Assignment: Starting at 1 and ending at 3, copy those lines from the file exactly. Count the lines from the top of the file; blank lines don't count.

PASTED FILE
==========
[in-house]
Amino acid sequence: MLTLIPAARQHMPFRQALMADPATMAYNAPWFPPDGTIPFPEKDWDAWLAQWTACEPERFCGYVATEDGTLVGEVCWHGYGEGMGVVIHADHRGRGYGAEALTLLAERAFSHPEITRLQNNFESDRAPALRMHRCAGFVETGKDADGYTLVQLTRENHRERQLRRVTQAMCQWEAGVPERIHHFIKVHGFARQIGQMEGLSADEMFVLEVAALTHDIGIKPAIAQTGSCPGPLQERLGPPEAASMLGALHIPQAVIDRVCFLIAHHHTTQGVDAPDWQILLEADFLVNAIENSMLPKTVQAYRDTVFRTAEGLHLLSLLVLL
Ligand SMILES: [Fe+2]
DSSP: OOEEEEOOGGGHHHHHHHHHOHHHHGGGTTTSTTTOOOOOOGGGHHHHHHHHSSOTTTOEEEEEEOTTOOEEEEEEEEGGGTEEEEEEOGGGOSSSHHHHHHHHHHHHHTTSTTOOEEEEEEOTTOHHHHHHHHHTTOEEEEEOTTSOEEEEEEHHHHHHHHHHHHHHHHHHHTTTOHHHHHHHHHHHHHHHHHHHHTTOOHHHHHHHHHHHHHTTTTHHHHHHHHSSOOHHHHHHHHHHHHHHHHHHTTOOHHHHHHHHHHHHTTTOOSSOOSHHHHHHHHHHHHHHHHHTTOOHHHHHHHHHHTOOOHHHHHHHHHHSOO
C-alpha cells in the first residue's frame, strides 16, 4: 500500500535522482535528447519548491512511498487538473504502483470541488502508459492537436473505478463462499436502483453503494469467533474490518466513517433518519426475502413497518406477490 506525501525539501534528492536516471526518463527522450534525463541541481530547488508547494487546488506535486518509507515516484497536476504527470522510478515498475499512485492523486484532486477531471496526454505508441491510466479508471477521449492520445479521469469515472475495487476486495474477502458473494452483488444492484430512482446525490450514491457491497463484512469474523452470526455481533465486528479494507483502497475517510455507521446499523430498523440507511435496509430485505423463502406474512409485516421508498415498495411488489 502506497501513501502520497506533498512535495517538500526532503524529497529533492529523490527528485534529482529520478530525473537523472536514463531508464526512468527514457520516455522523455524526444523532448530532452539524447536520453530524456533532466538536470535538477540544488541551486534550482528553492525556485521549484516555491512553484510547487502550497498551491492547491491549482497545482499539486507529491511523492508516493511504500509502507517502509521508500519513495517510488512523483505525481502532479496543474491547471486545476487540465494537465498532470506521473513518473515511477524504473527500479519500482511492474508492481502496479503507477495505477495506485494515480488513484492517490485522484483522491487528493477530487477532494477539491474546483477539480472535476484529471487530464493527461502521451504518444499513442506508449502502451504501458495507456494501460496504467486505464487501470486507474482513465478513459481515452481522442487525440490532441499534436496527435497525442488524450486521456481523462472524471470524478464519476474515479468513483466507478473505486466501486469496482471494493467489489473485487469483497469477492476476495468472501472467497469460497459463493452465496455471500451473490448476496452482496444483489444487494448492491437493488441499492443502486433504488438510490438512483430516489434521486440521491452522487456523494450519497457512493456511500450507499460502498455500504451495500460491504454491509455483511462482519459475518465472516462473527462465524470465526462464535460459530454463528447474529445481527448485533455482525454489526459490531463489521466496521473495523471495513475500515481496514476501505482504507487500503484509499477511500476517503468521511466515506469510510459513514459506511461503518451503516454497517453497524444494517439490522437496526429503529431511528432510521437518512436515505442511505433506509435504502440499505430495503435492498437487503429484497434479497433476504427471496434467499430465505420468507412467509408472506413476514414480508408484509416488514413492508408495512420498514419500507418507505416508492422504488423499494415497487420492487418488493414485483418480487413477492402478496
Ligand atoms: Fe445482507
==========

[in-house]
Amino acid sequence: MLTLIPAARQHMPFRQALMADPATMAYNAPWFPPDGTIPFPEKDWDAWLAQWTACEPERFCGYVATEDGTLVGEVCWHGYGEGMGVVIHADHRGRGYGAEALTLLAERAFSHPEITRLQNNFESDRAPALRMHRCAGFVETGKDADGYTLVQLTRENHRERQLRRVTQAMCQWEAGVPERIHHFIKVHGFARQIGQMEGLSADEMFVLEVAALTHDIGIKPAIAQTGSCPGPLQERLGPPEAASMLGALHIPQAVIDRVCFLIAHHHTTQGVDAPDWQILLEADFLVNAIENSMLPKTVQAYRDTVFRTAEGLHLLSLLVLL
Ligand SMILES: [Fe+2]